Fighting for Infinity, p.6Karen Amanda Hooper
Her head thrashed side to side as Dedrick stuck the needle in her arm. He pulled away and stood up as Rina’s eyelids fluttered, then her head fell forward.
“You’re a heartless pig.”
Lexie repeated me. “You’re a heartless pig.”
Dedrick sighed as he locked the cabinet. “I’m far from heartless, Maryah. If you only knew.”
I played the white noise in my head again. There was no point in arguing with a madman, and I didn’t want to give Lexie anything else to report.
“Nothing,” Lexie said. “She’s gone silent again.”
“I expected as much. Lexie, you’re free to go.” Dedrick licked two fingers then doused the candle flame. The black curtain fell. Much to my disgust, he was still there when the light returned.
He grinned at me like a vulture about to swoop in on its prey. “It’s just the two of us now. Time to get reacquainted. I know you view me as some evil monster who murdered your family, but for the record, Gregory did the killing, and I am not a monster.” He sat on the corner of the table. “First, I’d like to start by apologizing for Gregory almost killing you that night on your parents’ boat dock. I thought you weren’t you. I thought we had attacked the family of a complete stranger who would be able to describe us to the police. In truth, he shouldn’t have killed an innocent girl, but Gregory had just murdered your whole family. The only humane thing would be to kill you as well. Who would want to live through an ordeal like that after losing her parents and brother?”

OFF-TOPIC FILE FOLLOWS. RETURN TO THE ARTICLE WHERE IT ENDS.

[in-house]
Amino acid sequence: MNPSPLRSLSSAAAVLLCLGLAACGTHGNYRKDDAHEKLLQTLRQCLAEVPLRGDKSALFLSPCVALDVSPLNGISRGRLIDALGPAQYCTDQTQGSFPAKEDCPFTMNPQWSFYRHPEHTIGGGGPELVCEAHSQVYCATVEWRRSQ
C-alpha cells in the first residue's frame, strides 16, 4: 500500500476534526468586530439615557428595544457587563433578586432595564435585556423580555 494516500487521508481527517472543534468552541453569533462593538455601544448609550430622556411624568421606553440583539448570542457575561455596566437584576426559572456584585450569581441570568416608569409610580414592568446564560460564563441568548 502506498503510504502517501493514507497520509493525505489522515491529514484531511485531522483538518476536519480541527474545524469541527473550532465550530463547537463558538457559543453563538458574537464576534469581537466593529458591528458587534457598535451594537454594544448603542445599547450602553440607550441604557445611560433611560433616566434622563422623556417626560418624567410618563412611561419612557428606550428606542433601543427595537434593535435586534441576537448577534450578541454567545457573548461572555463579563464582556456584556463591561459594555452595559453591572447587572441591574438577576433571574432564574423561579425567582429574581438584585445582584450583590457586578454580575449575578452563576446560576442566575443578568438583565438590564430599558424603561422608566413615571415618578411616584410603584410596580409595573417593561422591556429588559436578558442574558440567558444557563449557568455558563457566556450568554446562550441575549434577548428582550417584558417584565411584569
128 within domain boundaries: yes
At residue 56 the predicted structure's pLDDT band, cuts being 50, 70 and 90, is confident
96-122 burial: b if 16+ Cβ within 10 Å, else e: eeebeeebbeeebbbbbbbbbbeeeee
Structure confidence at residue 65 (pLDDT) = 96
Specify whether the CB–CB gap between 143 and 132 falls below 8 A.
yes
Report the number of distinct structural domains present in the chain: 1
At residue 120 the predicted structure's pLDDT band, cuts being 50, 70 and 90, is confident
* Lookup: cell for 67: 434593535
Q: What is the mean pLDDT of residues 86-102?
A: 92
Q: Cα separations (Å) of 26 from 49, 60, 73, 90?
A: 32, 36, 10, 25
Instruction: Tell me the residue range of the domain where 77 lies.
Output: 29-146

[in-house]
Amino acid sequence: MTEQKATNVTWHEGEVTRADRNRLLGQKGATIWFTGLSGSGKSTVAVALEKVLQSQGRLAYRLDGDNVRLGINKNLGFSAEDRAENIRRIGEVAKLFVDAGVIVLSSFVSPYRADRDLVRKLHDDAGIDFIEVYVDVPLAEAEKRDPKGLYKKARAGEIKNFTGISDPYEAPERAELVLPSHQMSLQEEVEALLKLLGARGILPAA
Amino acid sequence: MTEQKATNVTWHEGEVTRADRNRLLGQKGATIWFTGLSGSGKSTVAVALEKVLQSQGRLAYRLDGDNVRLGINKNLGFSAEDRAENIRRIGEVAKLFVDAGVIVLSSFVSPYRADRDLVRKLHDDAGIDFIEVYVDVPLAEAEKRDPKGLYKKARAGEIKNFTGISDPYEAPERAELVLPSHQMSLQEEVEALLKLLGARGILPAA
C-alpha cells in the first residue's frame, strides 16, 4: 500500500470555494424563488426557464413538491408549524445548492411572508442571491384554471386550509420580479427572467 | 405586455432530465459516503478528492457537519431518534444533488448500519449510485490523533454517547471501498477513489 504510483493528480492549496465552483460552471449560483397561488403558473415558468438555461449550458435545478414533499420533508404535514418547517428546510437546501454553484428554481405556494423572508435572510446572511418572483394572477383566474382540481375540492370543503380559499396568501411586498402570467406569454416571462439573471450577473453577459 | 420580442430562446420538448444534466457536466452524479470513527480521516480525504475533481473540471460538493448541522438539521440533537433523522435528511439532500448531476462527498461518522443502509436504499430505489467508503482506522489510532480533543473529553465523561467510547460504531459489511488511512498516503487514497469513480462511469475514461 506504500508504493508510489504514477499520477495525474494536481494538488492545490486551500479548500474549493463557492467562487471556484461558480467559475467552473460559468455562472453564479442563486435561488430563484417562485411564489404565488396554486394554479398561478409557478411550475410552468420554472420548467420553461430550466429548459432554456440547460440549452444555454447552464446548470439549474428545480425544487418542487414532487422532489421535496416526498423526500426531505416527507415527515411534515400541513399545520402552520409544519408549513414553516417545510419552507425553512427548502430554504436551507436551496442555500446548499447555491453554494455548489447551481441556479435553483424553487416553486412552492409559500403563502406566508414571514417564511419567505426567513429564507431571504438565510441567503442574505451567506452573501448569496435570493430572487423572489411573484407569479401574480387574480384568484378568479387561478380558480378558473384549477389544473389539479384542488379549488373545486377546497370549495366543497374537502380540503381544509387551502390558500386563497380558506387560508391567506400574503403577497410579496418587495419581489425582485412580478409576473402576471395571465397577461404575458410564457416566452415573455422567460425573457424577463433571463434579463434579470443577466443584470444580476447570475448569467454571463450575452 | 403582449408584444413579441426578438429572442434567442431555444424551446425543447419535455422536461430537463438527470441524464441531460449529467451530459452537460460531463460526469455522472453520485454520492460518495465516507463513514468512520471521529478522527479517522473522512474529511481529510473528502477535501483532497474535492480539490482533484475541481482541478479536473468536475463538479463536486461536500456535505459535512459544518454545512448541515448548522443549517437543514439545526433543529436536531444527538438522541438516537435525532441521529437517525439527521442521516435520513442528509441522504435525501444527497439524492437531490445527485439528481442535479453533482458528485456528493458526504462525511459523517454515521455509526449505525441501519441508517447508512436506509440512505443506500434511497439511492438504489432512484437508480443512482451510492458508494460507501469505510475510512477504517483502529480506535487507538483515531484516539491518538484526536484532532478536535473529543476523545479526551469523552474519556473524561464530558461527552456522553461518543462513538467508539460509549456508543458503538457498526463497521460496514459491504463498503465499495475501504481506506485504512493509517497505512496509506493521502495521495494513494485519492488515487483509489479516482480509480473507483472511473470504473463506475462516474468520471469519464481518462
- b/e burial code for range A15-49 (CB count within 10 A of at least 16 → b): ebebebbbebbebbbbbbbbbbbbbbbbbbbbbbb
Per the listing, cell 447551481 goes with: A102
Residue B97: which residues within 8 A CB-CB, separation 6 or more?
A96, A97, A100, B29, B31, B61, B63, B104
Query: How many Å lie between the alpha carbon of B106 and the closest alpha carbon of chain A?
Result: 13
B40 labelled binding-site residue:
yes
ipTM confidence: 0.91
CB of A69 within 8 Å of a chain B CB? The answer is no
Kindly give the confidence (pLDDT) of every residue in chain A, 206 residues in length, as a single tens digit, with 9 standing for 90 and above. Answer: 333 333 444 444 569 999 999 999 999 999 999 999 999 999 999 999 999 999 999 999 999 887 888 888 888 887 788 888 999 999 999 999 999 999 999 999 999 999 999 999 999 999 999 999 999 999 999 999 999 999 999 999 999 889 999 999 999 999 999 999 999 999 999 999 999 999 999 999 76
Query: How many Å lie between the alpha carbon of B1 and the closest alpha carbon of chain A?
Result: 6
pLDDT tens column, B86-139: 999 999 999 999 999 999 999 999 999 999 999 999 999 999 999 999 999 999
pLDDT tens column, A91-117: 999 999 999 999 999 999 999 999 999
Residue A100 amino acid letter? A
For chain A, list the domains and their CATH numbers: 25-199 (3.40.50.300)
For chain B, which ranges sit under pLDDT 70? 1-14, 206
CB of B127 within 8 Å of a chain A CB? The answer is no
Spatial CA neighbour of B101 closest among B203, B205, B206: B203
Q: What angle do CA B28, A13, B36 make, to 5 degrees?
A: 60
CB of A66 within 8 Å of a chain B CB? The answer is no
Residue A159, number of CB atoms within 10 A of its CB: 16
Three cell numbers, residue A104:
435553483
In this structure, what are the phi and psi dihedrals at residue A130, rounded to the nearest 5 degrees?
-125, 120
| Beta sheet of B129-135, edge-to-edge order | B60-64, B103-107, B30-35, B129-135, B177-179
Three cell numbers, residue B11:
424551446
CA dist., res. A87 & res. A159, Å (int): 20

“But I did live through it.” My eyes stung as if producing real tears. “You left me for dead, but because of Nathan and Krista, I lived.”
“I’m still not certain how you survived,” Dedrick mused. “I assume Krista stumbled upon you in the nick of time.” He lifted a brow while watching me for a reaction I didn’t give him. “Hmm, well, perhaps someday you’ll enlighten me.”
“Never,” I growled.